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Old 01-04-2008, 02:09 PM   #321
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What is remarkable, is here are those pinko American-hating French.....with Obama all over the Parisian papers, and complimentary stories inside.

Le Monde for example.
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Old 01-04-2008, 02:12 PM   #322
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However, Obama strikes me as a humble guy who would seek out true voices of wisdom, rather than ideologues with a Middle Eastern axe to grind.
Hmm. I don't think humble people write books about themselves and run for President of the USA. I wouldn't go so far as to call any Presidential candidate humble--not even Nader. Enormous egos and a thirst for power, all of them.
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Old 01-04-2008, 02:13 PM   #323
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Originally posted by Irvine511


they mean nothing. Clinton has a double digit lead over Obama. i think McCain is rising, no question, but he's got the south to deal with, and Giuliani has huge margins in Florida, California, and New Jersey, though i do think he's now DOA.


[q]The House of Representitives has been overwhelmingly Democratic since World War II, but its been more equal in the Senate. The House of Representitives is a different ball game than the President of the United States. The majority of Americans cannot even name their Representitive. Also, conservative Democrats in the south helped keep their majority through the years, and although many of them may have been Democrats in name, many were certainly more supportive of Repuplican polices as the "Reagan Democrats" showed.[/q]

this is lame. you might as well argue that the northeast and california is filled with Republicans -- like, say, my former representative Nancy Johnson -- were Democrats in disguise. Congress is more broadly representative of the nation as a whole, and you've completely ignored both voter identification (more Democrats than Republicans and growing) and the fact that the Republican stance on nearly all social issues are trending older and older.

[q]The center is important, and when it comes to Presidential Politics over the past 40 years, the Republicans have solidly held on to that center.[/q]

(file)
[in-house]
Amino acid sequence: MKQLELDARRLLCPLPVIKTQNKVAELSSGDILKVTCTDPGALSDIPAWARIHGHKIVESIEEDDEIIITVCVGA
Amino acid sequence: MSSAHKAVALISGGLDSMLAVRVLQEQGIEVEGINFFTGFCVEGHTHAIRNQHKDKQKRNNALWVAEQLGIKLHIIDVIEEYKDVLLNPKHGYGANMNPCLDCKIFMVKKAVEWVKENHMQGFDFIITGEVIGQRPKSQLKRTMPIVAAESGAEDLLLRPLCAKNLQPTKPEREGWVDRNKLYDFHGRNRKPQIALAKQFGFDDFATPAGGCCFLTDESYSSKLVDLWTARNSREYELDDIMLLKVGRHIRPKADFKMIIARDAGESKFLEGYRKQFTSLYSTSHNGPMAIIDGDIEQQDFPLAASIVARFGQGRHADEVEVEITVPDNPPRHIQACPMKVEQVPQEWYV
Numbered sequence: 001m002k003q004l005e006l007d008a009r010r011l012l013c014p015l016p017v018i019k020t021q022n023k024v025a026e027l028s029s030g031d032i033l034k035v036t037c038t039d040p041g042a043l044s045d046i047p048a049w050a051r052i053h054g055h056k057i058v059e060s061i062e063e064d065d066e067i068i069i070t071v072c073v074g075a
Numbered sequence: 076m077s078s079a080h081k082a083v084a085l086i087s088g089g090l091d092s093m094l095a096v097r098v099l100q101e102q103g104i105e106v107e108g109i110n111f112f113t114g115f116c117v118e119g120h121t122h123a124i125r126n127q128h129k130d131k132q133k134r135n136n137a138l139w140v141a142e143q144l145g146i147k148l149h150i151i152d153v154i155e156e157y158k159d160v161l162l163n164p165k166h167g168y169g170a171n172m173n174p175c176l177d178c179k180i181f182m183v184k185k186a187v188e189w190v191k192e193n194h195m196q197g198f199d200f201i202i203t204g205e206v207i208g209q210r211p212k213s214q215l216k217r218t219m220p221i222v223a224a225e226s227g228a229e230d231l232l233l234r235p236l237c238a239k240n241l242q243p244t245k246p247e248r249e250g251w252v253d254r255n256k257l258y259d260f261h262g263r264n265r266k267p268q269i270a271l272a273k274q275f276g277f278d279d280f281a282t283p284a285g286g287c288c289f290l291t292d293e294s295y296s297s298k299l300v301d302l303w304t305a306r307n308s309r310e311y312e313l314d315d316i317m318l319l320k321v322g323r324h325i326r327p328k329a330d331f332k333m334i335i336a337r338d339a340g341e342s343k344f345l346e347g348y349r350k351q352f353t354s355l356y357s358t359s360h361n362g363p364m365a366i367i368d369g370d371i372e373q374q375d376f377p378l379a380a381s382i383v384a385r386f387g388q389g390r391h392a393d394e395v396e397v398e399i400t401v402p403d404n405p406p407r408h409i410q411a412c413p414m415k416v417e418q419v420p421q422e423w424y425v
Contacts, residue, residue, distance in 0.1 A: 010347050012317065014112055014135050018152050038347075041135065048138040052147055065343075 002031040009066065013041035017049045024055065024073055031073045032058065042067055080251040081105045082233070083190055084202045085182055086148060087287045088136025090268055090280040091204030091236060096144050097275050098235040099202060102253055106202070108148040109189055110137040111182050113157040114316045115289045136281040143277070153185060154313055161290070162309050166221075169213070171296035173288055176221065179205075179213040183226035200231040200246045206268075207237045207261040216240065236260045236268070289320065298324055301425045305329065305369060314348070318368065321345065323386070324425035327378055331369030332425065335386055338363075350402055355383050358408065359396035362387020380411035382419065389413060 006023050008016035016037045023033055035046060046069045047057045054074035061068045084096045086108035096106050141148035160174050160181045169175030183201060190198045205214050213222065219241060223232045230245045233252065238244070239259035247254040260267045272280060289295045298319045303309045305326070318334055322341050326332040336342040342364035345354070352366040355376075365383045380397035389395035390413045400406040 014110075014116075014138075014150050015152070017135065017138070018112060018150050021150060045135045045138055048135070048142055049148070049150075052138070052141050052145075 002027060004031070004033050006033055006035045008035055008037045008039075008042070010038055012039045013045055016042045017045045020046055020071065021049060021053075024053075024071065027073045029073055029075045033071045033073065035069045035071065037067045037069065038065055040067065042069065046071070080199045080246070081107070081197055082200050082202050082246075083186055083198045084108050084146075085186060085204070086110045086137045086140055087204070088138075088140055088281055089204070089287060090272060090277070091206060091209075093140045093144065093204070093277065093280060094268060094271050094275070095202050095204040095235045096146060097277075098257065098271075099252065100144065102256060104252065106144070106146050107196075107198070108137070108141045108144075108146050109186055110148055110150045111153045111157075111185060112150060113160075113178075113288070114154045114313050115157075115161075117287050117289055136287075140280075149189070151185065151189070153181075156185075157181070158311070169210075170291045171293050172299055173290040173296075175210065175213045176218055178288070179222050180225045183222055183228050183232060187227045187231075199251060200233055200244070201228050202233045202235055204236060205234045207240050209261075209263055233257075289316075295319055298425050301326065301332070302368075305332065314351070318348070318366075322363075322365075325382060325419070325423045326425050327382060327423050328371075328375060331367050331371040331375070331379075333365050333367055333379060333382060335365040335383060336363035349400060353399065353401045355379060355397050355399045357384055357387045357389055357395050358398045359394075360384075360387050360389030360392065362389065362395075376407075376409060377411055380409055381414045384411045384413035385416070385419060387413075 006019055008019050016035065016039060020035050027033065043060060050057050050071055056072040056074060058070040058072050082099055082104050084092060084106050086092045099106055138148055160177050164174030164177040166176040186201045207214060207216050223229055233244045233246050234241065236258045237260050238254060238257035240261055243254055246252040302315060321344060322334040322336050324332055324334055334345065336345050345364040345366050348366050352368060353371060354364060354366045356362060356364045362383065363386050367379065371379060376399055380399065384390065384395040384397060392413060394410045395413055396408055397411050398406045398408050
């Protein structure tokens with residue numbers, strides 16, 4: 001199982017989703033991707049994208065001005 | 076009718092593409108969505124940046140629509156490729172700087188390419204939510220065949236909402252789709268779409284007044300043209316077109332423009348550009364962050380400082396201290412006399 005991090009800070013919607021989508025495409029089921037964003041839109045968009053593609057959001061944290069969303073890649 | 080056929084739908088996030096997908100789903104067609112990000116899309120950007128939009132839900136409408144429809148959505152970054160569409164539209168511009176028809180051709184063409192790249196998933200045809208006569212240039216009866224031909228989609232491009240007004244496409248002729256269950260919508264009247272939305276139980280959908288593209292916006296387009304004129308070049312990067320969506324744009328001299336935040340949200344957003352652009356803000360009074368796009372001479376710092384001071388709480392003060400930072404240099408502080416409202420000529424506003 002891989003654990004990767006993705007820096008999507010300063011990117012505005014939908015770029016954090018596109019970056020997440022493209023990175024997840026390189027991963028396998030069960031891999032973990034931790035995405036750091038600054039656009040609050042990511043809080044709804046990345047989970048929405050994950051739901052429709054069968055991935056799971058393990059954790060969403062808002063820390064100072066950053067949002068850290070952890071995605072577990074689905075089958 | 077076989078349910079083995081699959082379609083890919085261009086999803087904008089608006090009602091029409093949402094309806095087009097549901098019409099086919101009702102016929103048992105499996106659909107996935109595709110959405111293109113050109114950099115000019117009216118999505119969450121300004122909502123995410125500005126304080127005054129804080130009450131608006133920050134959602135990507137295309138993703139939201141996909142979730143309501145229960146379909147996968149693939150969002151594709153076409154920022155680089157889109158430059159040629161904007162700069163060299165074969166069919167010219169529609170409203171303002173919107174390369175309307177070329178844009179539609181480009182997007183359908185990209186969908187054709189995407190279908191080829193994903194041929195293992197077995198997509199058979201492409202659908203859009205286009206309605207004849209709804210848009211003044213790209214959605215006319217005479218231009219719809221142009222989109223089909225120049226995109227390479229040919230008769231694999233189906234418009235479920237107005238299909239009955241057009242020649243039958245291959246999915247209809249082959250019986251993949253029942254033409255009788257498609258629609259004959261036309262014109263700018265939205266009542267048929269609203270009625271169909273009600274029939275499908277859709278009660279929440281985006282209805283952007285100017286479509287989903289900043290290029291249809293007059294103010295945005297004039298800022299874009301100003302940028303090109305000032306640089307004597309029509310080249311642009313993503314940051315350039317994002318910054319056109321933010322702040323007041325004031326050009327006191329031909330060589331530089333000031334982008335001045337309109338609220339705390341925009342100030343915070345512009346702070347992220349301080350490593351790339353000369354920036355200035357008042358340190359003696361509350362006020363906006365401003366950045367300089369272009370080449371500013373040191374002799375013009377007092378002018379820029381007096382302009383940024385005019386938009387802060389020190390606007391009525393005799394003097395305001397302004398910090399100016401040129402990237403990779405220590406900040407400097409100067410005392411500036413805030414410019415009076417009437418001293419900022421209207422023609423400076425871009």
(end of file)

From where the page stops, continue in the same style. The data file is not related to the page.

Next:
they've been able to recruit the independents in a presidential forum, but not in Congress. the presidential race is far more about the individual than the party as a whole. when people vote for congress, or even state representatives, that's when party affiliations come out and people will pull all R's or all D's across the board. whereas in a presidential election, the individual candidate matters much more than his party. hence, your term, "Reagan Democrats" -- people who voted for Reagan, yet pulled D's across the board for everything else.

[q]That 18-20 years old vote more Democratic than Republican is nothing new and they continue to disapoint democrats in every election by showing up in such poor numbers. But as they age and become better educated and experienced, many move to the right and vote more. [/q]

considering those with higher educations overwhelmingly vote Democratic, there's really no point here. young people are voting in higher numbers than ever, and they vote Democratic. it is true that as young people begin to acquire capital and their incomes increase, they get swayed by the promises of lower taxes. however, these people have NOTHING in common with cultural conservatives who vote for Republicans solely because of issues like abortion. this is the "coalition" -- fiscal conservatives and social conservatives -- that was held together by Reagan and Bush 2 and that Rove used in his 50.1% strategy that brought him two extremely narrow (and one clearly illegitimate) victories.

and now, with the rise of Huckabee, that coalition has fractured. no one on Wall Street will vote for Huck, and no evangelical will vote for McCain, whereas both might have voted for Bush in 2000 (on the basis of low taxes and christianity) and in 2004 (on the basis of war/fear and hatred of gays).

things are grim for the GOP.

again, karma's a bitch.

If congress was more broadly representitive of the nation, voter turnout for mid-term elections would not be so much lower than for Presidential elections. Plus, during Presidential elections when people fill in the R or the D for congress, its in support of the person their voting for President. Thats why Bush increased the Republicans holdings in congress in 2000, 2002, and the historic increase in 2004. 2004 was the first time an incumbent president was able to increase his party's numbers in congress in half a century. That would be impossible if the political situation in the country and relevancy you give the House of Representitives in all this was true. Having the White House is key, which is has been effectively demonstrated by the impotence of the new Democratic congress and the fact that Reagan and Bush Sr. were enormously effective in pushing through their major policy objectives without having a majority in Congress.